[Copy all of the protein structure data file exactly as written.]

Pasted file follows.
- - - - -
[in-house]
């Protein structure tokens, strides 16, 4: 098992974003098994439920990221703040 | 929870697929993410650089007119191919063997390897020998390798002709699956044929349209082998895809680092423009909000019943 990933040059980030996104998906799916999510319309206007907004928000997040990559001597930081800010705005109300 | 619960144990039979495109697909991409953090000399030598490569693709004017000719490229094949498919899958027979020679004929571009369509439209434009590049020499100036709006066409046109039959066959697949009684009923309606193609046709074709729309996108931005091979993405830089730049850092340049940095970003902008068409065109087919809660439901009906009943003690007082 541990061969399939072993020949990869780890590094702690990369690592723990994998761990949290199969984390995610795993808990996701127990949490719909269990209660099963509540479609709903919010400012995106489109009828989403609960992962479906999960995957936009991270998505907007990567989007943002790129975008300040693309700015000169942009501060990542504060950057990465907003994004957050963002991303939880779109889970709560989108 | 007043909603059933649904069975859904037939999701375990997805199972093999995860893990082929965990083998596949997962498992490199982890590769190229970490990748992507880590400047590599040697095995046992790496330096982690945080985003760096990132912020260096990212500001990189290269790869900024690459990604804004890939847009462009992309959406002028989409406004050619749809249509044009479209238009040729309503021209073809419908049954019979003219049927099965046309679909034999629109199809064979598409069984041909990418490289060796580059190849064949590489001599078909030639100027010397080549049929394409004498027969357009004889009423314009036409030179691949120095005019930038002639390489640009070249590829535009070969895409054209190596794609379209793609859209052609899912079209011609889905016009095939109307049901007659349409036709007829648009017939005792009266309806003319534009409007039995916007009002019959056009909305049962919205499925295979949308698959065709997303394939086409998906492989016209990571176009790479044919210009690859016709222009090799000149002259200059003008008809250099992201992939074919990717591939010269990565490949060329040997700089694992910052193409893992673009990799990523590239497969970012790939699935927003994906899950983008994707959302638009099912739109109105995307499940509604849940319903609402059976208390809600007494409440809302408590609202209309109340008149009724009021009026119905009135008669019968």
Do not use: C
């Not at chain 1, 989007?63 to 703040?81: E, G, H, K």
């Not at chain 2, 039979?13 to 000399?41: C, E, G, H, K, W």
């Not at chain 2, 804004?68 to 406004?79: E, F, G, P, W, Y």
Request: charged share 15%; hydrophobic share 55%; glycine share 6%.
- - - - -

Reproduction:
[in-house]
């Protein structure tokens, strides 16, 4: 098992974003098994439920990221703040 | 929870697929993410650089007119191919063997390897020998390798002709699956044929349209082998895809680092423009909000019943 990933040059980030996104998906799916999510319309206007907004928000997040990559001597930081800010705005109300 | 619960144990039979495109697909991409953090000399030598490569693709004017000719490229094949498919899958027979020679004929571009369509439209434009590049020499100036709006066409046109039959066959697949009684009923309606193609046709074709729309996108931005091979993405830089730049850092340049940095970003902008068409065109087919809660439901009906009943003690007082 541990061969399939072993020949990869780890590094702690990369690592723990994998761990949290199969984390995610795993808990996701127990949490719909269990209660099963509540479609709903919010400012995106489109009828989403609960992962479906999960995957936009991270998505907007990567989007943002790129975008300040693309700015000169942009501060990542504060950057990465907003994004957050963002991303939880779109889970709560989108 | 007043909603059933649904069975859904037939999701375990997805199972093999995860893990082929965990083998596949997962498992490199982890590769190229970490990748992507880590400047590599040697095995046992790496330096982690945080985003760096990132912020260096990212500001990189290269790869900024690459990604804004890939847009462009992309959406002028989409406004050619749809249509044009479209238009040729309503021209073809419908049954019979003219049927099965046309679909034999629109199809064979598409069984041909990418490289060796580059190849064949590489001599078909030639100027010397080549049929394409004498027969357009004889009423314009036409030179691949120095005019930038002639390489640009070249590829535009070969895409054209190596794609379209793609859209052609899912079209011609889905016009095939109307049901007659349409036709007829648009017939005792009266309806003319534009409007039995916007009002019959056009909305049962919205499925295979949308698959065709997303394939086409998906492989016209990571176009790479044919210009690859016709222009090799000149002259200059003008008809250099992201992939074919990717591939010269990565490949060329040997700089694992910052193409893992673009990799990523590239497969970012790939699935927003994906899950983008994707959302638009099912739109109105995307499940509604849940319903609402059976208390809600007494409440809302408590609202209309109340008149009724009021009026119905009135008669019968």
Do not use: C
């Not at chain 1, 989007?63 to 703040?81: E, G, H, K």
């Not at chain 2, 039979?13 to 000399?41: C, E, G, H, K, W």
């Not at chain 2, 804004?68 to 406004?79: E, F, G, P, W, Y």
Request: charged share 15%; hydrophobic share 55%; glycine share 6%.